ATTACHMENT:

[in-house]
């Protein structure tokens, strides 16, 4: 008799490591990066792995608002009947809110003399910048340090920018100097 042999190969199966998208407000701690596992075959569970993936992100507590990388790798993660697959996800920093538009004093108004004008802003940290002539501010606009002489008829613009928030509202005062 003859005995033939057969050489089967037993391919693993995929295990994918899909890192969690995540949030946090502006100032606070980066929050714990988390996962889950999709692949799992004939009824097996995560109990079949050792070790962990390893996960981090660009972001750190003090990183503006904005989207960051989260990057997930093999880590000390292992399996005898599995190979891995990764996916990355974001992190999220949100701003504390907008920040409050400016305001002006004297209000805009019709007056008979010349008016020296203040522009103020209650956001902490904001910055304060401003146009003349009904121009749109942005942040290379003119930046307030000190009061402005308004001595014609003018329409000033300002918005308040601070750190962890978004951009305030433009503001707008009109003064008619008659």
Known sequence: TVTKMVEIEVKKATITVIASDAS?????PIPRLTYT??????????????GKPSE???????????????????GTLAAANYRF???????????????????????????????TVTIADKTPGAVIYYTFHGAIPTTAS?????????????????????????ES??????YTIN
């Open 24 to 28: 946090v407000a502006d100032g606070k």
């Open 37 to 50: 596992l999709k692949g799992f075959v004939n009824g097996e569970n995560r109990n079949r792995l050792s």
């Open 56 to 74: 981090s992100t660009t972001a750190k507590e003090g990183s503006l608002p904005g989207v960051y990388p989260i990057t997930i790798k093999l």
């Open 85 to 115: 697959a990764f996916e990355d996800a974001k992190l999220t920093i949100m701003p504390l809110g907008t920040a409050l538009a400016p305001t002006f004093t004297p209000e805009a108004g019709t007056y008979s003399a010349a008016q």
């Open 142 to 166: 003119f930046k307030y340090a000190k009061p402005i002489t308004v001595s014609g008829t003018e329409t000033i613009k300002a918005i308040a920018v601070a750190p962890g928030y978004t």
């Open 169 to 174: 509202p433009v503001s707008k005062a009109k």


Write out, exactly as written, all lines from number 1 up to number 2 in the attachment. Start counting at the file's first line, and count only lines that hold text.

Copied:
[in-house]
């Protein structure tokens, strides 16, 4: 008799490591990066792995608002009947809110003399910048340090920018100097 042999190969199966998208407000701690596992075959569970993936992100507590990388790798993660697959996800920093538009004093108004004008802003940290002539501010606009002489008829613009928030509202005062 003859005995033939057969050489089967037993391919693993995929295990994918899909890192969690995540949030946090502006100032606070980066929050714990988390996962889950999709692949799992004939009824097996995560109990079949050792070790962990390893996960981090660009972001750190003090990183503006904005989207960051989260990057997930093999880590000390292992399996005898599995190979891995990764996916990355974001992190999220949100701003504390907008920040409050400016305001002006004297209000805009019709007056008979010349008016020296203040522009103020209650956001902490904001910055304060401003146009003349009904121009749109942005942040290379003119930046307030000190009061402005308004001595014609003018329409000033300002918005308040601070750190962890978004951009305030433009503001707008009109003064008619008659």